While we think we are watching the ostensible good guy Angier try mightily to get answers about the death of his wife, and some relief in his own professional success. We are, in fact, watching his fall from grace. While we think we will see the punishment of Borden for tying an experimental knot in the name of stage-craft and innovation, we instead see his maturation to a family man of empathy and (hard learned) wisdom. Given, Borden does exact revenge for crimes committed against him (namely his own engineered execution), but it is a cathartic parting ways to the obsession, and nemesis, of Borden and Angier’s rivalry. Perhaps this is a happier ending than the actual Nicola Tesla eventually dying alone and penniless in a New York City hotel; exhausted and talking to pigeons.
This quite subtle ‘happy ending’ takes nothing away from the film’s darker edge: That social transitions brought about by rapidly advancing technology promise wonders and excitement, come at a great cost. One we are always almost always willing to pay without much thought. Welcome to the 21st century, ladies and gentlemen! I give you the smartphone! Cryptocurrency! And social media! Abracadabra!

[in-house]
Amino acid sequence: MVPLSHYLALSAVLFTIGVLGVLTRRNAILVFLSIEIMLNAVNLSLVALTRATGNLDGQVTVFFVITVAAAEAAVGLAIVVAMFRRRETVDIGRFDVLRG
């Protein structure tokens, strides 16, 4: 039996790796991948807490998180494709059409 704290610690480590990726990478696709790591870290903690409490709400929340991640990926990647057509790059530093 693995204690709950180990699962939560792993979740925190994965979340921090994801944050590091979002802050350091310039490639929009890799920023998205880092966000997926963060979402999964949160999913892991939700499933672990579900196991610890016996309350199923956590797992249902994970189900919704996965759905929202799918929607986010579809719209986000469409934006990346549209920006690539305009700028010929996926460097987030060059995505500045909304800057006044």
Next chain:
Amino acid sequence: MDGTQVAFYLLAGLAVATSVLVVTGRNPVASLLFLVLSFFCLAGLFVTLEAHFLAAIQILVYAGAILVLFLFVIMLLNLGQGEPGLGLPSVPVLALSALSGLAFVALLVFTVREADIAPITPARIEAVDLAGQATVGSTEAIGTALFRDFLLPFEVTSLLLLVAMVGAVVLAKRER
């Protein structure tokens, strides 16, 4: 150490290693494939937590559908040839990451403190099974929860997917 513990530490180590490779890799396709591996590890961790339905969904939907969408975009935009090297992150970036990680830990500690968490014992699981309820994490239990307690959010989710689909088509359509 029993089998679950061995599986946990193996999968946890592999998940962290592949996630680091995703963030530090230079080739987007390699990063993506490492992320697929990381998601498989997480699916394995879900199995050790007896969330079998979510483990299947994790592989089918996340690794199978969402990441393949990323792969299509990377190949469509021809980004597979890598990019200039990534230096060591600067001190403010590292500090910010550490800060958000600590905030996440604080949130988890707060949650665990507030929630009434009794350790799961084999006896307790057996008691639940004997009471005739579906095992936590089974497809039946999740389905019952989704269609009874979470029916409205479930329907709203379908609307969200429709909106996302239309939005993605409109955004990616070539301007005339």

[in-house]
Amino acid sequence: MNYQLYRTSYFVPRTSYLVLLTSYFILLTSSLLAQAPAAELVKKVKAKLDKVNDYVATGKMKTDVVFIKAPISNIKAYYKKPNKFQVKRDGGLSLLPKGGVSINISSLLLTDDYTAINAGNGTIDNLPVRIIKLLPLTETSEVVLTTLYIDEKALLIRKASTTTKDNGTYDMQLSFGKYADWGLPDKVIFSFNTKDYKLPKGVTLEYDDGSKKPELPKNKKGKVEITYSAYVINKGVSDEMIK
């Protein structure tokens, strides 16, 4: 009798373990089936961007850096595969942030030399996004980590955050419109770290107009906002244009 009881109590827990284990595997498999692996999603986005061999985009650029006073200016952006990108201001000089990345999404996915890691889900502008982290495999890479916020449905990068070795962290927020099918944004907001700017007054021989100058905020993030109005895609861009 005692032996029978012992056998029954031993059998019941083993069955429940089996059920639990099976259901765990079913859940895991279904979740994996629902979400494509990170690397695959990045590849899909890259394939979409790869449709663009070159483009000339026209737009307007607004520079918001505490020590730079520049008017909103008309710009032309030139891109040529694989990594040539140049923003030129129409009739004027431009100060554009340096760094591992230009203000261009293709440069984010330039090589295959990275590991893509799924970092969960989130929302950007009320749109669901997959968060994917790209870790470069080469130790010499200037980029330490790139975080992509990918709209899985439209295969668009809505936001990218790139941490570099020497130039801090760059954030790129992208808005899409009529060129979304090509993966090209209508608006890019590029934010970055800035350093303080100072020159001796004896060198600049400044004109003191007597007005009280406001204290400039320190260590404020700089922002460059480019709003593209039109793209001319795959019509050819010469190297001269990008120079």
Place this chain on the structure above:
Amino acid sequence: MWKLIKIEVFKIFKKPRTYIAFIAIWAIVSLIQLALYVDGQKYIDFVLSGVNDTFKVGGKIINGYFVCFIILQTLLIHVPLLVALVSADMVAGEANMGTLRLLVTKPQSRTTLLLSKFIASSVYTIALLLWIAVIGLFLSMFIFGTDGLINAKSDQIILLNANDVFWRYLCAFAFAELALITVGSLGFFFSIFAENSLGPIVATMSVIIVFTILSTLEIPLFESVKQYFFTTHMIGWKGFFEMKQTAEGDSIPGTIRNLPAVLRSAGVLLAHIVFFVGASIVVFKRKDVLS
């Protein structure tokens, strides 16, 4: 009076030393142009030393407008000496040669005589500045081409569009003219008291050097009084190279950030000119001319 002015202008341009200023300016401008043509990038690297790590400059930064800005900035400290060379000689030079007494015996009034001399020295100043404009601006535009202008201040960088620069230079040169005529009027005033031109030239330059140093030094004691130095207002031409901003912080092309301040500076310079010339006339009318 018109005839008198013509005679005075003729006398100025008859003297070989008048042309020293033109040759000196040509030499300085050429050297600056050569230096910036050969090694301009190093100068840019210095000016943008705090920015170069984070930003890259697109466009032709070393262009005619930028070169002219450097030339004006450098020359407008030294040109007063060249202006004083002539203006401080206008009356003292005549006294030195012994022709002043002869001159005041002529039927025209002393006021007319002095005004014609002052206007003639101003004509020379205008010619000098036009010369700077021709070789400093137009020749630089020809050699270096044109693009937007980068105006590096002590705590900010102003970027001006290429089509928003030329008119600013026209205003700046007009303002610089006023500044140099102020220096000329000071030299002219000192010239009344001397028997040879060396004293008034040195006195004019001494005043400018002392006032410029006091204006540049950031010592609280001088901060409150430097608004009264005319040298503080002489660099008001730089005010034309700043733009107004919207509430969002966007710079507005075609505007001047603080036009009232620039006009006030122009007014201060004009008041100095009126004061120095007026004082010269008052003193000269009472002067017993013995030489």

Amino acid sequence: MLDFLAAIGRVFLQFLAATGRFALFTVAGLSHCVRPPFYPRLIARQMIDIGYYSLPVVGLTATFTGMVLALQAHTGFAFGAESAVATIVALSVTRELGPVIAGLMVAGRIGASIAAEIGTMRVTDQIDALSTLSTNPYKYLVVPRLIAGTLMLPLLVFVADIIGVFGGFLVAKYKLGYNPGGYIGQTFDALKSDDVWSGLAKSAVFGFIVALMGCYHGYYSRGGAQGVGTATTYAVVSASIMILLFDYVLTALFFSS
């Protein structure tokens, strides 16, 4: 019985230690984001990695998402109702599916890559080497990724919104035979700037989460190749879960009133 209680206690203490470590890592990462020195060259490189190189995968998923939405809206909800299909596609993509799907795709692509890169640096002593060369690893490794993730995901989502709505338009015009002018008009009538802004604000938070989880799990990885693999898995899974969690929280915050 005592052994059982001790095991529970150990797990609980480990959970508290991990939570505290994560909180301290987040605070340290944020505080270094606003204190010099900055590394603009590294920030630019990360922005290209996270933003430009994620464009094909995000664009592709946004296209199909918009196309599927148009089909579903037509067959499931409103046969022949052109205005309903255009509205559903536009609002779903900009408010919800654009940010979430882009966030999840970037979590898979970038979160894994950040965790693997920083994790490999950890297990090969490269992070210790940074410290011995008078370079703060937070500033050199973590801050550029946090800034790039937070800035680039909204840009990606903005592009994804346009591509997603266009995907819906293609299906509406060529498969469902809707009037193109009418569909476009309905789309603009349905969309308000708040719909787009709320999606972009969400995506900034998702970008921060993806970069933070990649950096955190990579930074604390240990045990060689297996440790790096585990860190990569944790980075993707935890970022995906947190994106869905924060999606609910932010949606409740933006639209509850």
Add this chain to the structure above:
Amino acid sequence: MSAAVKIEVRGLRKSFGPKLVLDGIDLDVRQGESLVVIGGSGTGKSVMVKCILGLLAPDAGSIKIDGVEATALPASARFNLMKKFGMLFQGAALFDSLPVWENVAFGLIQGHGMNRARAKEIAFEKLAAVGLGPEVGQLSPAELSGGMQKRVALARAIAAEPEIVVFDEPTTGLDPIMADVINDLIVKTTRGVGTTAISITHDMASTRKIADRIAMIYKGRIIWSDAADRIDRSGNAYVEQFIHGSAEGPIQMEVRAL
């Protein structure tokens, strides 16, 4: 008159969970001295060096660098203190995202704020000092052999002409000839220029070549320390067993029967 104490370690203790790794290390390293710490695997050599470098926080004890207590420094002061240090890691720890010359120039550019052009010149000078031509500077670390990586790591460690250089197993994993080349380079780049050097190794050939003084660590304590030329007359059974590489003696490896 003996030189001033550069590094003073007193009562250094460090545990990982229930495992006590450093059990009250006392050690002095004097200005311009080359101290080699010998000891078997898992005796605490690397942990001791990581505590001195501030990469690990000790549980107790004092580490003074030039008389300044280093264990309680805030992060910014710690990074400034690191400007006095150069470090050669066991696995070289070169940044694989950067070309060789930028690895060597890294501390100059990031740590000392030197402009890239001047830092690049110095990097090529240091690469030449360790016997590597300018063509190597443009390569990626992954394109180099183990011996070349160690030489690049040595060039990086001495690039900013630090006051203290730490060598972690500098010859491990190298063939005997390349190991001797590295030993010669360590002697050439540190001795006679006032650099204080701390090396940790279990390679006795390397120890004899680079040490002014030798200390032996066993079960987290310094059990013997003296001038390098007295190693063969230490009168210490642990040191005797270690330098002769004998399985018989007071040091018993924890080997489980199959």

(Try to be nice to each other.)
Some end notes that did not fit into the above essay: The Prestige is visually presented with all the spectacle of Wally Pfister’s entirely-in-camera cinematography. Hell, even actor Andy Serkis is shown as Andy Serkis (Telsa’s faithful assistant) not as some motion-cap collection of CGI! Looking at the magnificence of shooting real sets and doing the illusions practically, is a visual commitment that Christopher Nolan would later take even further with DP Hoyte van Hoytema on Dunkirk. There was a second magician movie, Neil Burger’s The Illusionist, that was released in 2006, starring Edward Norton, Jessica Biel and Paul Giamatti, it is more of a mundane bodice ripper of a tale that supplants cheap CGI tricks for the illusions, and while it seemed to be a (tiny) bit more successful at the time, financially, it barely qualifies as a footnote today. The Prestige has aged exceedingly well, and remains Christopher Nolan’s best, most complex work.